News Release - Report Recommends Permanently Allowing Alcohol in Parks After Resident Feedback

Pilot program evaluation found minimal issues at participating parks and strong support from residents.


TORONTO - City staff are recommending the consumption of alcohol be permanently allowed in a number of Toronto parks. This comes after staff’s evaluation of the Alcohol in Park Pilot Program found minimal issues and strong support from residents.

The staff report heading to the Economic and Community Development Committee tomorrow recommends alcohol be permitted in the 27 parks that participated in the pilot last year. They also recommend that alcohol be allowed in at least one park in all city wards.

“I am pleased we are proceeding with making the Alcohol in Parks Pilot Program permanent and expanding it to ensure residents in all areas of the city can responsibly enjoy an alcoholic beverage in a public park legally” said Ward 14 Toronto-Danforth Councillor Paula Fletcher.

Staff reported a minimal increase in 311 requests for noise, garbage or other issues at the 27 parks last year. In addition, staff found that police were not required at most of the 27 parks during the pilot and that there was no increase in alcohol-related EMS visits compared to 2022.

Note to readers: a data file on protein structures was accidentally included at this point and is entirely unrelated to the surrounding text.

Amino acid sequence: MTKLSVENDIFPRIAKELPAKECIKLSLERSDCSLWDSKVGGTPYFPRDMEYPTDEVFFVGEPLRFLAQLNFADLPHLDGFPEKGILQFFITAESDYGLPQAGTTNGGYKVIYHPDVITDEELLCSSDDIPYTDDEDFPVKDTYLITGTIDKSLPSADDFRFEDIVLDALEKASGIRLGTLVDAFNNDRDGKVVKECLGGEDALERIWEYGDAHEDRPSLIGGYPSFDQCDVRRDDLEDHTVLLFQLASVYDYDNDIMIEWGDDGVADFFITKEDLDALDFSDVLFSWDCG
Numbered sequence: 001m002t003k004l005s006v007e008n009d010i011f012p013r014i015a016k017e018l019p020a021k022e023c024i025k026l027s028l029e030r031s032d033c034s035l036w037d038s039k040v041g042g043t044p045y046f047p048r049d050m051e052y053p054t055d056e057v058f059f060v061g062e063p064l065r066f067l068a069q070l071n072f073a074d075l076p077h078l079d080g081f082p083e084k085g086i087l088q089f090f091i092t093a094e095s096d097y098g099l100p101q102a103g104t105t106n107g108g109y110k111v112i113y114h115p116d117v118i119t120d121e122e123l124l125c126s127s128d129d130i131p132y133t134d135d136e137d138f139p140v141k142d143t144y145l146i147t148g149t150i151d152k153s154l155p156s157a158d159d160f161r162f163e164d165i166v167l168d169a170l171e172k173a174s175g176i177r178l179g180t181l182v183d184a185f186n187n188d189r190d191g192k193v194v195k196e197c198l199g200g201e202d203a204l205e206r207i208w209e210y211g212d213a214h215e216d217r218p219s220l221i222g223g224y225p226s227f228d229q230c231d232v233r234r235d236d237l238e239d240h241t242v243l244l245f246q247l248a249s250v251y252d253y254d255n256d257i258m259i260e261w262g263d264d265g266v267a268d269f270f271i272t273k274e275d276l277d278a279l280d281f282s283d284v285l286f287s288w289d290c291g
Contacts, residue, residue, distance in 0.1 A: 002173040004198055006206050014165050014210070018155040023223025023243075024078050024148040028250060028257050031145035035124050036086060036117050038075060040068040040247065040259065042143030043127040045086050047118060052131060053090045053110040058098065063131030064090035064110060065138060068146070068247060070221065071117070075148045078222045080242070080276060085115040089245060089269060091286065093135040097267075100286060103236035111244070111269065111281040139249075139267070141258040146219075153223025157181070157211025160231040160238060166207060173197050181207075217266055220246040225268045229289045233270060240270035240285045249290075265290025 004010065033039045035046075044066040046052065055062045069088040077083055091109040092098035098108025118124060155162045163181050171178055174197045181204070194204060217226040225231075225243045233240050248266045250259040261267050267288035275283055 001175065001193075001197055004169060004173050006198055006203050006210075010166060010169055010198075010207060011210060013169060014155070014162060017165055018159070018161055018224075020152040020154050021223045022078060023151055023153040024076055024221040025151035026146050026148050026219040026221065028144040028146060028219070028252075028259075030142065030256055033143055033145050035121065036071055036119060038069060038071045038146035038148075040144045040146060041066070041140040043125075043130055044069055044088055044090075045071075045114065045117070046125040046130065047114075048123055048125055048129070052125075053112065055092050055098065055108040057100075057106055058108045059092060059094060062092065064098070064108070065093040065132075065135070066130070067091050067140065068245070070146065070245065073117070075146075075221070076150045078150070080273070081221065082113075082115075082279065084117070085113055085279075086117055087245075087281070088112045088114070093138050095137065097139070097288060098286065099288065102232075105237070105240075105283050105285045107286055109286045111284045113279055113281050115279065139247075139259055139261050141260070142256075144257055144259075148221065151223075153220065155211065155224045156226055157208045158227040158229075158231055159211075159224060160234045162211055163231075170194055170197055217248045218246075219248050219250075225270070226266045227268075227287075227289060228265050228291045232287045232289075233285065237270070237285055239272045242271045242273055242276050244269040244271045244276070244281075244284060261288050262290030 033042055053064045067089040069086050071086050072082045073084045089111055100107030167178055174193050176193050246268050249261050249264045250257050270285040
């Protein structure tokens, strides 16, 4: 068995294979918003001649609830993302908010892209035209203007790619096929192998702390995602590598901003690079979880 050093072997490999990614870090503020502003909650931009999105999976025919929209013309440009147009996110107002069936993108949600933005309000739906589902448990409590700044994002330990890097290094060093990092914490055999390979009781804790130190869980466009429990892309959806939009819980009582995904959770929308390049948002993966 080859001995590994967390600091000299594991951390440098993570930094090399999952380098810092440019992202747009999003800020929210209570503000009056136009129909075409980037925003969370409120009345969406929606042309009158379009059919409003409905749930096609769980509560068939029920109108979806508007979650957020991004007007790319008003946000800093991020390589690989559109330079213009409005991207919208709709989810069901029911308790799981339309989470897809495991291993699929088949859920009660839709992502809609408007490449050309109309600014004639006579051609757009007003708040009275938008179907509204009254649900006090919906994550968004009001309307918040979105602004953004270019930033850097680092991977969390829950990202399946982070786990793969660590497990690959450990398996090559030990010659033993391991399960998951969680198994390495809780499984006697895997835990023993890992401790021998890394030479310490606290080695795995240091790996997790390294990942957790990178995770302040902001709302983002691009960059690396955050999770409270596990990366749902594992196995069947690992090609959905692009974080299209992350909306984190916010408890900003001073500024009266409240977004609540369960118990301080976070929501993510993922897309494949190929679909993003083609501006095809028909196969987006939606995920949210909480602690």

A strong majority of residents in a survey also supported allowing drinking alcohol in parks, including in Councillor Fletcher’s ward, which saw five parks participate in the pilot.

Visitors to these five parks reported overall satisfaction scores no lower than 89 per cent. There were no reports of disruptive behaviour and only six 311 requests for overflowing garbage and recycling bins and one for amplified noise across all five parks.

“I closely listened to residents – I kept hearing their support for the pilot and appreciation for being able to have a drink with their family and friends in our beautiful public parks” said Fletcher.

Staff were also able to collect data and feedback over a longer period after Councillor Fletcher successfully moved an October 2023 motion at City Council to extend the pilot.

“With many cities around the world now allowing some form of alcohol consumption in public spaces like parks, the pilot let city staff and Toronto's Medical Officer of Health assess impacts and hear from residents so we could develop a made-in-Toronto approach” added Fletcher.

Staff’s findings and recommendations will be considered by the Economic and Community Development Committee Thursday before heading to City Council in April for final approval.


Media inquiries: [email protected]

Paula Fletcher

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